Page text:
Heat failed Chandrayaan; review today
India’s first Moon mission became casualty of unforeseen high temperatures.
Panaji: India’s first Moon mission became casualty of unforeseen high temperatures that led to faulty thermal protection.
In May this year, the orbit of the spacecraft was raised to 200kms from 100 kms from the surface of the Moon. Scientists had then said it was done for a better view and to enable further studies on orbit perturbations, gravitational field variation of the Moon and also enable imaging of the lunar surface with a wider swath.
But Dr T K Alex, director, ISRO Satellite Centre, Bangalore revealed on Sunday that the orbit was raised to escape the surface heat which was above 75 degrees Celsius. It was this that led to the failure of two star censors in July. These censors were responsible for the orientation of Chandrayaan and the scientists were operating the spacecraft using ingenious ways.
The thermal issue reportedly appeared in November, forcing ISRO to deactivate some payloads. Officials also said scientists had foreseen that the mission would fail before the official announcement made on August 25. The mission had accomplished 95% of its objectives and had sent excellent images including that of the solar eclipse on July 22.
Top European and American space scientists will join their Indian counterparts in Bangalore on Monday to review the performance of India`s maiden moon mission Chandrayaan-1 that was aborted prematurely last week, a senior space agency official said Sunday.
"Scientists from the European Space Agency (ESA), the National Aeronautics and Space Administration (NASA) and the Bulgarian Academy of Sciences will review the performance of their payloads (scientific instruments) that were onboard the spacecraft along with our payloads," Indian Space Research Organisation (ISRO) director S Satish told news agencies.
Chandrayaan was launched Oct 22, 2008 from spaceport Sriharikota, about 90 km northeast of Chennai, with 11 scientific instruments, including three from ESA, two from NASA and one from Bulgaria. The remaining five were from the Indian space agency ISRO.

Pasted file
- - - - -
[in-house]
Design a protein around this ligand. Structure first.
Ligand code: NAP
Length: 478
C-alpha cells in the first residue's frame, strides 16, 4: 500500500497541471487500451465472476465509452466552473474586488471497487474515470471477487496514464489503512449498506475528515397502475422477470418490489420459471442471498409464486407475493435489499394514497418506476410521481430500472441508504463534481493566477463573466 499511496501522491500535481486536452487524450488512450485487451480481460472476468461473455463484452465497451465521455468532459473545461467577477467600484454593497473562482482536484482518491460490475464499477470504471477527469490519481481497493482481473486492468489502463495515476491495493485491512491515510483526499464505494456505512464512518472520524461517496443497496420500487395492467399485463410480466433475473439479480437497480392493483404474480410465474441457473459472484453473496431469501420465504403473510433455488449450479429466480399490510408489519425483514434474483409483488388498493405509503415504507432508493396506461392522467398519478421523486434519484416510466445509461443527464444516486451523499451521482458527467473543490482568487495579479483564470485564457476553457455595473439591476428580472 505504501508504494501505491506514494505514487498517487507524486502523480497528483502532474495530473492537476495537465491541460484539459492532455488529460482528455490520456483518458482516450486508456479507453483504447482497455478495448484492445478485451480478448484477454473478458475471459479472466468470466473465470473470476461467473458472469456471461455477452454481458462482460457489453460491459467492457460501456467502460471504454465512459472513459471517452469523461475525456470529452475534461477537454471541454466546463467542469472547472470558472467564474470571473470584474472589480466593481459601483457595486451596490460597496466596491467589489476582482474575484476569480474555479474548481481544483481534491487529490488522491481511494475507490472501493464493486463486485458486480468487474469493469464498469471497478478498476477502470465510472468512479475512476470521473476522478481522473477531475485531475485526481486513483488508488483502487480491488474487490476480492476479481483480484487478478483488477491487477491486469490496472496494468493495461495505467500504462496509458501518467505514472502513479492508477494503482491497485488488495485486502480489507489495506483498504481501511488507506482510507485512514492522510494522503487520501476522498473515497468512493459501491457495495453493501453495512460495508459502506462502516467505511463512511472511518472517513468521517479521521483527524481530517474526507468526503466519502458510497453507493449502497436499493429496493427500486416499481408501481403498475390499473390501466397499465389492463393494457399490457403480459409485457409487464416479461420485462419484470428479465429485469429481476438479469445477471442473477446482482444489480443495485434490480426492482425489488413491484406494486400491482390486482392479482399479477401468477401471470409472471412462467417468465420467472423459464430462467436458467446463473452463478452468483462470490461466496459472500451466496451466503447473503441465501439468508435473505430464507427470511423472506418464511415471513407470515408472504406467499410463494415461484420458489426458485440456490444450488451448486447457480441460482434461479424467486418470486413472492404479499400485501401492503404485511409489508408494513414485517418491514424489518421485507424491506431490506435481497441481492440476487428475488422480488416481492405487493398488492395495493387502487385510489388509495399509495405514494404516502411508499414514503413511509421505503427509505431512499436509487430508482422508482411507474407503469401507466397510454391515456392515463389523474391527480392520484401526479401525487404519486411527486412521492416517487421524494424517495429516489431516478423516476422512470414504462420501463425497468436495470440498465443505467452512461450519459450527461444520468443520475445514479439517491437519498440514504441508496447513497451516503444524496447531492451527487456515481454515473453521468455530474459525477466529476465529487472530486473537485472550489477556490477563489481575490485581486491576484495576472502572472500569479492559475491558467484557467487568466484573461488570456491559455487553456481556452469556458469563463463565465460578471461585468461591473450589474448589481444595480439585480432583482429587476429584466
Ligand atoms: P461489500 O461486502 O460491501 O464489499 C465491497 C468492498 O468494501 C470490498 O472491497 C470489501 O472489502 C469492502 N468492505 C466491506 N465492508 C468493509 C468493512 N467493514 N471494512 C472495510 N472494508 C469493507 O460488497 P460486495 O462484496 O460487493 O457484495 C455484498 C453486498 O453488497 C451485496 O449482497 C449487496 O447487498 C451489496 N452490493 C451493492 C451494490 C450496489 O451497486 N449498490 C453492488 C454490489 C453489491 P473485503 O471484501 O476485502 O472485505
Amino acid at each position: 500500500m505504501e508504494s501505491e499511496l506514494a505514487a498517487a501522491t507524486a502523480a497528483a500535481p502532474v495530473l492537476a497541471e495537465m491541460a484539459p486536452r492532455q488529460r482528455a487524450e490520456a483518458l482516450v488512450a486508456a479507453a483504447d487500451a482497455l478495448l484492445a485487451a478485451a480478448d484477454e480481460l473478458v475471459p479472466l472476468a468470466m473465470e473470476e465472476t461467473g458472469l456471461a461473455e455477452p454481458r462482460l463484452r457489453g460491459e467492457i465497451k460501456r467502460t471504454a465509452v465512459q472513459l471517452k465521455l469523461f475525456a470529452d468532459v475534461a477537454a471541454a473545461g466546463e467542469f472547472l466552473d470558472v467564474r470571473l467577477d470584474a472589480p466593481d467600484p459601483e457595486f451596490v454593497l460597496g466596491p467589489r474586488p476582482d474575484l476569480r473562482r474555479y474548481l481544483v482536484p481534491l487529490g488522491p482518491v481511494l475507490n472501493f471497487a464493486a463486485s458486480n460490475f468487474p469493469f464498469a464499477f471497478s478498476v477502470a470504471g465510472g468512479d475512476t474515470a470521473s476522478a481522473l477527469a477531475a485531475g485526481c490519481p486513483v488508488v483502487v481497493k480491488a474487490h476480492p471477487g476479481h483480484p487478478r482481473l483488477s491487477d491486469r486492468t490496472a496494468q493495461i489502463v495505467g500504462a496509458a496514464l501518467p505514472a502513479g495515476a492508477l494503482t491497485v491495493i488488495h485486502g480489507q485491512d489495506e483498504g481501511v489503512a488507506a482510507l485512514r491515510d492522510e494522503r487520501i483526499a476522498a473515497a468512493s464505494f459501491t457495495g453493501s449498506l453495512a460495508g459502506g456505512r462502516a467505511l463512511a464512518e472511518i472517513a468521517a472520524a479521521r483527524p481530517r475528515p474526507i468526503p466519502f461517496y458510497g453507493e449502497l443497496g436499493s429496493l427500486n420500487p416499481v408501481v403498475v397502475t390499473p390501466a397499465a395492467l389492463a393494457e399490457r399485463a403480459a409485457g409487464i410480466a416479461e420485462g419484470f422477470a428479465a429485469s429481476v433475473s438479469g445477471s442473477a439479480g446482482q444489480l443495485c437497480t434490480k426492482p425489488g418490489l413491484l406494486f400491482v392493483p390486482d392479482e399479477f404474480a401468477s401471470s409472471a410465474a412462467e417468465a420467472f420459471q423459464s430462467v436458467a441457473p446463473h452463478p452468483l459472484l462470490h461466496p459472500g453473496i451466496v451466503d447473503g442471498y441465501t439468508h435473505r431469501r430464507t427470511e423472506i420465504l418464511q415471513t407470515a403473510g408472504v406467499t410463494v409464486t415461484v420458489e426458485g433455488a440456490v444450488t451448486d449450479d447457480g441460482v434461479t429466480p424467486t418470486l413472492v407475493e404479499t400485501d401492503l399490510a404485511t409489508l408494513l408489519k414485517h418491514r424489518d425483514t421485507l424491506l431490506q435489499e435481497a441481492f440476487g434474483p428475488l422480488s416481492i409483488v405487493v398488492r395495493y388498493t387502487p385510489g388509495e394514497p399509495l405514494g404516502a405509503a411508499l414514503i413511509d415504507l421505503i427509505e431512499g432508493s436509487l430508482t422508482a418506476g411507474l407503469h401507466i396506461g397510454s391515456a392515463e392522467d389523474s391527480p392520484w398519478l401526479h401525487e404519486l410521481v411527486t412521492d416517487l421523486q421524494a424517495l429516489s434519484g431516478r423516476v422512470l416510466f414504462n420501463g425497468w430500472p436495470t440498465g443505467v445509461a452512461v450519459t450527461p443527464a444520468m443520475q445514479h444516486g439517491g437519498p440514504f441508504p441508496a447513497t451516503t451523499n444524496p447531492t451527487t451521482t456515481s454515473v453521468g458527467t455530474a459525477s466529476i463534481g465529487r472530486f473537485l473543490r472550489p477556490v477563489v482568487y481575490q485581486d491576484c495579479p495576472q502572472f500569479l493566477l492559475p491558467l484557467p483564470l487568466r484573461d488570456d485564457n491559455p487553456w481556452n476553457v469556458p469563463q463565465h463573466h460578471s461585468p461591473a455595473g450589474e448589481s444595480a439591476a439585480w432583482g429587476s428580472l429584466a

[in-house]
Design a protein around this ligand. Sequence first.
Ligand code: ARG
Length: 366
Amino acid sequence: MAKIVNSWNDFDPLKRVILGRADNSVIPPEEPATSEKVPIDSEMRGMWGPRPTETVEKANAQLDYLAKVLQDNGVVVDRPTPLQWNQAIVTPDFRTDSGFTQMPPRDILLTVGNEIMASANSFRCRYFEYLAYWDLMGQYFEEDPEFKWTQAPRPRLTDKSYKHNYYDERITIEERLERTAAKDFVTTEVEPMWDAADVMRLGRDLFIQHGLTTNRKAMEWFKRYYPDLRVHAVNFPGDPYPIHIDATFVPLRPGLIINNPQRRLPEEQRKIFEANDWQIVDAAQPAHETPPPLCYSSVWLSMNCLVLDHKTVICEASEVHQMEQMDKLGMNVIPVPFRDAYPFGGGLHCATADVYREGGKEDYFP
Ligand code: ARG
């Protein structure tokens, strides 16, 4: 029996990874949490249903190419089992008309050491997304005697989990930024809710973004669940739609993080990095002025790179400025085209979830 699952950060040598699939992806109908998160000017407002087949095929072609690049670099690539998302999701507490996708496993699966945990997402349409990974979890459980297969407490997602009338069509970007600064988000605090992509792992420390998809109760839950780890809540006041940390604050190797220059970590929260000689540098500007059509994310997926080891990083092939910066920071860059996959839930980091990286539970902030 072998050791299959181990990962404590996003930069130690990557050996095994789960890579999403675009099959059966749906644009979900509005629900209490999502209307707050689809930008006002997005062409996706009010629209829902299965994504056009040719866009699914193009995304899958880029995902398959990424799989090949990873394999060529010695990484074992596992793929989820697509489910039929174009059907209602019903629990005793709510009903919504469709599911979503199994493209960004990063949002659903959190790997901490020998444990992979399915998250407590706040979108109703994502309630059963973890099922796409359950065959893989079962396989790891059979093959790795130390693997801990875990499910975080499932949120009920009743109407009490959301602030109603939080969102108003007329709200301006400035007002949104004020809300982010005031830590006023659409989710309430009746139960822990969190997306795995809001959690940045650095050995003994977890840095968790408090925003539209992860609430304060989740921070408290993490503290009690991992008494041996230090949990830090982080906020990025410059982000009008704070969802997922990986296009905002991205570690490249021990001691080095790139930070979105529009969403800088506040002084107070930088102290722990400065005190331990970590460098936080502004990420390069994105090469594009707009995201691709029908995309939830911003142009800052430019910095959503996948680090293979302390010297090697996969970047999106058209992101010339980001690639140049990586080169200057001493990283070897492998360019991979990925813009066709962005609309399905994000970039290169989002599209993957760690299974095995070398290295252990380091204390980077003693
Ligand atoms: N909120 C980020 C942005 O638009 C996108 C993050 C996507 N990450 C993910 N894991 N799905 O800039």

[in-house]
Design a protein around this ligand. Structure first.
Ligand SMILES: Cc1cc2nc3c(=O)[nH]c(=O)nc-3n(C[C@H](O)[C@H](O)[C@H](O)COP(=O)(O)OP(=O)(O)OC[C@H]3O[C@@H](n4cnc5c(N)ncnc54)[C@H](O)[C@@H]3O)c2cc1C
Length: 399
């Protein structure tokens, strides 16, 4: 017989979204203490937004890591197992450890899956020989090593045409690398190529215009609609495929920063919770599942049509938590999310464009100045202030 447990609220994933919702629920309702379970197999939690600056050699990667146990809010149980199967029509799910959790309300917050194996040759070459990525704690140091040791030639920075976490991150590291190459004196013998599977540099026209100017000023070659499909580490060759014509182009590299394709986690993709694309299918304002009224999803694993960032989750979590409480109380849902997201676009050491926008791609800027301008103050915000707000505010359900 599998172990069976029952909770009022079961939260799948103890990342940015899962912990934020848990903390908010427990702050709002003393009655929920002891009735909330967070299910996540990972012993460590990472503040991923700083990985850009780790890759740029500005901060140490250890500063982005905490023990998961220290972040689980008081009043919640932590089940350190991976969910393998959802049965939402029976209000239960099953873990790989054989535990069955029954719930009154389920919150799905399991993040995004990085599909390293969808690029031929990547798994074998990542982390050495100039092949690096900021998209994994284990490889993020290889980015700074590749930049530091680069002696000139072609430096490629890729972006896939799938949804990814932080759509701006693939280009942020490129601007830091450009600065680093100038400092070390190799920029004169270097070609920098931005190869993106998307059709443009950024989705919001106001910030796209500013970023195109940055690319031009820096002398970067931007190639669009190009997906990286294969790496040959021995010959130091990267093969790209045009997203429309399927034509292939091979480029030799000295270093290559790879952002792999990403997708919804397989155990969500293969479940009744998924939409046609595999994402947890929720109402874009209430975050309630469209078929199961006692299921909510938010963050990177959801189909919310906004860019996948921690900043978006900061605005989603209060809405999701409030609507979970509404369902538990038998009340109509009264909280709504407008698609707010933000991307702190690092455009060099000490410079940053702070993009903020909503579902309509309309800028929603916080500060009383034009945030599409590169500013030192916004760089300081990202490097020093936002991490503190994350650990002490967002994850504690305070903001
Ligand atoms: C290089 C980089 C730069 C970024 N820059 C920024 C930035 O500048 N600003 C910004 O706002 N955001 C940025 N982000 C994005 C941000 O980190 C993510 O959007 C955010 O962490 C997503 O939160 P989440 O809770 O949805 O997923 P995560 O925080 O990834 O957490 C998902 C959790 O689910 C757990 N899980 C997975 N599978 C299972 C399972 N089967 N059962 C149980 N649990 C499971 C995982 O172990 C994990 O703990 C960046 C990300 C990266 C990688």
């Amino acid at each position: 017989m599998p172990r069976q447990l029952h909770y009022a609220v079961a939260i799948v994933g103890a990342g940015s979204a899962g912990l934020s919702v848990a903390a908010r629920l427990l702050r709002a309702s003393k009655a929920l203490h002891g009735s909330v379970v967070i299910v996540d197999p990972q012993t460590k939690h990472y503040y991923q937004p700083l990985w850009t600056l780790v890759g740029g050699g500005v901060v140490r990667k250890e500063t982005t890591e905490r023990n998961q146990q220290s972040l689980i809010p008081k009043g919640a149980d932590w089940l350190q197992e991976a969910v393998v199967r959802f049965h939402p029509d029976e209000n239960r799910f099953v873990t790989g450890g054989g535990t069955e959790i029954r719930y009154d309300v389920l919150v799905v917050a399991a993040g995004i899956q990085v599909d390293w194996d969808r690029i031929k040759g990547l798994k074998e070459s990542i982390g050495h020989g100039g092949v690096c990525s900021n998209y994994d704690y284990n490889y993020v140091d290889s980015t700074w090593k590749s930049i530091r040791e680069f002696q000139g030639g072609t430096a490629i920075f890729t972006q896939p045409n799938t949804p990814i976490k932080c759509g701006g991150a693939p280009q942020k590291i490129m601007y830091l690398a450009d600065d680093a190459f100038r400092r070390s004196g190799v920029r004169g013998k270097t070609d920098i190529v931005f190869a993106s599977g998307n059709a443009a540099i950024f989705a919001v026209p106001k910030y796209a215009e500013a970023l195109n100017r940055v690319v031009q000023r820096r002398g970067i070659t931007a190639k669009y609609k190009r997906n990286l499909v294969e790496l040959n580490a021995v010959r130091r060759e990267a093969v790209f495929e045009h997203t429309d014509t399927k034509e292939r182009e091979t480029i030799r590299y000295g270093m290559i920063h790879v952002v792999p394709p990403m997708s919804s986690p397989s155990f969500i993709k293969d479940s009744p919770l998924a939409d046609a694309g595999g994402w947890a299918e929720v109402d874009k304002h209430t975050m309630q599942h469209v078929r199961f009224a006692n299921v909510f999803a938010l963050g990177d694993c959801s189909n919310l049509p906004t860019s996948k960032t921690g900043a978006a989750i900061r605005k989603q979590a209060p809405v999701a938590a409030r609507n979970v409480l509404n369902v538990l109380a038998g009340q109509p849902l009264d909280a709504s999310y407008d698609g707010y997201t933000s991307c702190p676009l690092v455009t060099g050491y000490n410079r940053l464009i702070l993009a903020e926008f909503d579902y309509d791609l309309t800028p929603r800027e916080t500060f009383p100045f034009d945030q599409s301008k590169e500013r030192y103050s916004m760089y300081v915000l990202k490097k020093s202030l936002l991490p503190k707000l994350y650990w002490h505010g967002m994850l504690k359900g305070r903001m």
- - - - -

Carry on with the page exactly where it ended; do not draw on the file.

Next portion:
"At the day-long closed-door review meeting, to be presided over by ISRO chairman G. Madhavan Nair, the scientists of the respective space agencies will present the results, consisting of data, pictures and analysis for a detailed discussion of the 10-month-old mission, which had scientific and technology objectives," Satish said.
The meeting, however, will not go into the reasons for terminating the mission abruptly after repeated attempts to restore communication link with the spacecraft by the space agency`s telemetry, tracking and command network (Istrac) here failed.
The ESA`s three payloads were the imaging x-ray spectrometer (C1XS), the smart infrared spectrometer (SIR-2) and sub kiloelectronvolt (keV) atom reflecting analyzer (SARA).
Similarly, the US payloads were the 6.5kg mini synthetic aperture radar (MiniSAR) and the moon mineralogy mapper (M3).
The lone Bulgarian payload was the radiation dose monitor (RADOM).
The five Indian payloads were the terrain mapping camera (TMC), the hyper spectral imager (HySI), the lunar laser ranging instrument (LLRI), the high energy x-ray spectrometer (HEX) and the moon impact probe (MIP).
"We have achieved the technology objectives of the mission by flying the spacecraft 400,000km to the moon, inserting into the lunar orbit and placing the Indian tricolour on the lunar surface Nov 14 without hitch," Satish noted.